Mrs. Henry

November 12, 2007
By Pharyne Stephney, Indianapolis, IN

She had never really been happy. That much was obvious. It didn’t take a brain surgeon to see that she was screaming on the inside, wanting so badly for somebody to notice her. If you looked carefully, you might even see her soul beating against her skin, trying in vain to escape her confining body. But nobody ever really did look at Mrs. Henry that carefully.

It wasn’t because she was insignificant or conventional, but rather because she did her best to keep up with appearances and maintain her classy façade, and had anyone taken a closer look at her, that image would surely have shattered under the scrutiny. So everyone decided it was best to simply let her live her life as she pleased, however fake it may be.

At least that was my excuse for never giving Mrs. Henry a second glance. Whenever I saw her driving down the street in her black Mercedes, I’d try to turn the other way and carry on with my business. She wanted to look chic, or more accurately, she wanted the attention that came with looking chic. So I’d do my best to simply occupy myself with normal teenage things, and if I came into direct contact with my narcissistic neighbor, a polite nod or straightforward responsive word or two would do the trick.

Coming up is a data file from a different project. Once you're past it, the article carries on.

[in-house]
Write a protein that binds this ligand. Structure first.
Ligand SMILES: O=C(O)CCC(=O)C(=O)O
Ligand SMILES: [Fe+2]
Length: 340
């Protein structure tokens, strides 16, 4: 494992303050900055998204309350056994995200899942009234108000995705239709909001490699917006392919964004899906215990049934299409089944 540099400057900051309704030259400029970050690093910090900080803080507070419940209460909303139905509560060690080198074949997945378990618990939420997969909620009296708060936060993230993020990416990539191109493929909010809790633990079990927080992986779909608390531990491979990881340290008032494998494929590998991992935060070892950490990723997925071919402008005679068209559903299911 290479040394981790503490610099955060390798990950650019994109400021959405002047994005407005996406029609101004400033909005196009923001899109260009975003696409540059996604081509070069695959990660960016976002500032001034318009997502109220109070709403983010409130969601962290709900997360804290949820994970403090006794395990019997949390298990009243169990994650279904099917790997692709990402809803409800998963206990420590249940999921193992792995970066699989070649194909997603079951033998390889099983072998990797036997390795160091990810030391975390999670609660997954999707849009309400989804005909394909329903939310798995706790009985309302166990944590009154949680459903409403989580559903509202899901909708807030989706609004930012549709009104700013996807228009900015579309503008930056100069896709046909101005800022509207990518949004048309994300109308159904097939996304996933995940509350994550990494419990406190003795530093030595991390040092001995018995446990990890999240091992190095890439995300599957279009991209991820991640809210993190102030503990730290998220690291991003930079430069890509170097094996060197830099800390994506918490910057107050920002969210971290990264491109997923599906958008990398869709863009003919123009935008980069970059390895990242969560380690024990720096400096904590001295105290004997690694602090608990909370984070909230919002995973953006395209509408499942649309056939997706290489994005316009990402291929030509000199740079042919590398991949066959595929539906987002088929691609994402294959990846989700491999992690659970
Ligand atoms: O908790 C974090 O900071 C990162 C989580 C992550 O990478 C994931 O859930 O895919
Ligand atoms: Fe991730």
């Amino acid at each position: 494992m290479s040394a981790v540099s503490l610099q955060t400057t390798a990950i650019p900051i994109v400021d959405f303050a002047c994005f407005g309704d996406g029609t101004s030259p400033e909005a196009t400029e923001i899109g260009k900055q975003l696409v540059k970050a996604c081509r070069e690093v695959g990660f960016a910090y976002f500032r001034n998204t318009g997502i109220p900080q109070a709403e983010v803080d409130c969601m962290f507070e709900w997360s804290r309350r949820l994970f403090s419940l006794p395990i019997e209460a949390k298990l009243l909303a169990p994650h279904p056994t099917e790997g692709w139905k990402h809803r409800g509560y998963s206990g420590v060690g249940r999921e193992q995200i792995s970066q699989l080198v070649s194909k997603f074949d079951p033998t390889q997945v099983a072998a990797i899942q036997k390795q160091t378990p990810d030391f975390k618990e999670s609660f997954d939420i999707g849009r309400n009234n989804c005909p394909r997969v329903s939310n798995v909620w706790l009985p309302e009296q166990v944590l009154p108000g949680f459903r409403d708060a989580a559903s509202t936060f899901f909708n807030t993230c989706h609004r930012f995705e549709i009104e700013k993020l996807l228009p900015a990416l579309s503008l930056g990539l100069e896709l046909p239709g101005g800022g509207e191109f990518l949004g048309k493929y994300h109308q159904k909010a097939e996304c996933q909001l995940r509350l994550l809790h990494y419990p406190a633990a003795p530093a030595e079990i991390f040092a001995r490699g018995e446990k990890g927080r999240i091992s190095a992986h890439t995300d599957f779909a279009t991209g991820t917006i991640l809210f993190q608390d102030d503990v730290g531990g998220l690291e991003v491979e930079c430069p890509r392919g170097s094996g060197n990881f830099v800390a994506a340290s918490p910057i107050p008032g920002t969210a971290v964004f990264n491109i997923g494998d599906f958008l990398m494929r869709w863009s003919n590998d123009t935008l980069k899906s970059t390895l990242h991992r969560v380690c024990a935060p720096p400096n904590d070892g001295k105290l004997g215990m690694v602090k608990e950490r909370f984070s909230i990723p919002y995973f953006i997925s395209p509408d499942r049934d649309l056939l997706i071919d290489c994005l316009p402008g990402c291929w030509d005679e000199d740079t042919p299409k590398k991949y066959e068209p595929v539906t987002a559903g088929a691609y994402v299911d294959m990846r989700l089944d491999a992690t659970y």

Or so I thought.

Like I said, I knew Mrs. Henry had never been happy, but for her to kill herself like that...well that had been a surprise to all of us.

It’s hard to talk about. It’s hard to even think about. What those last few minutes must have been like for her, how her heart would have been racing and her lungs would have been exploding in her chest.

Or maybe it wasn’t like that. It actually was most likely very different. Mrs. Henry was classy all the way to the end I suppose. She had dressed herself in her finest clothing, stretched herself across her king sized bed, and took a bottle of Adderall I think, or something like that. Who knows what was going through her head as she waited to die. I’d like to think it was something profound.

I’d like to think she had gotten her answers.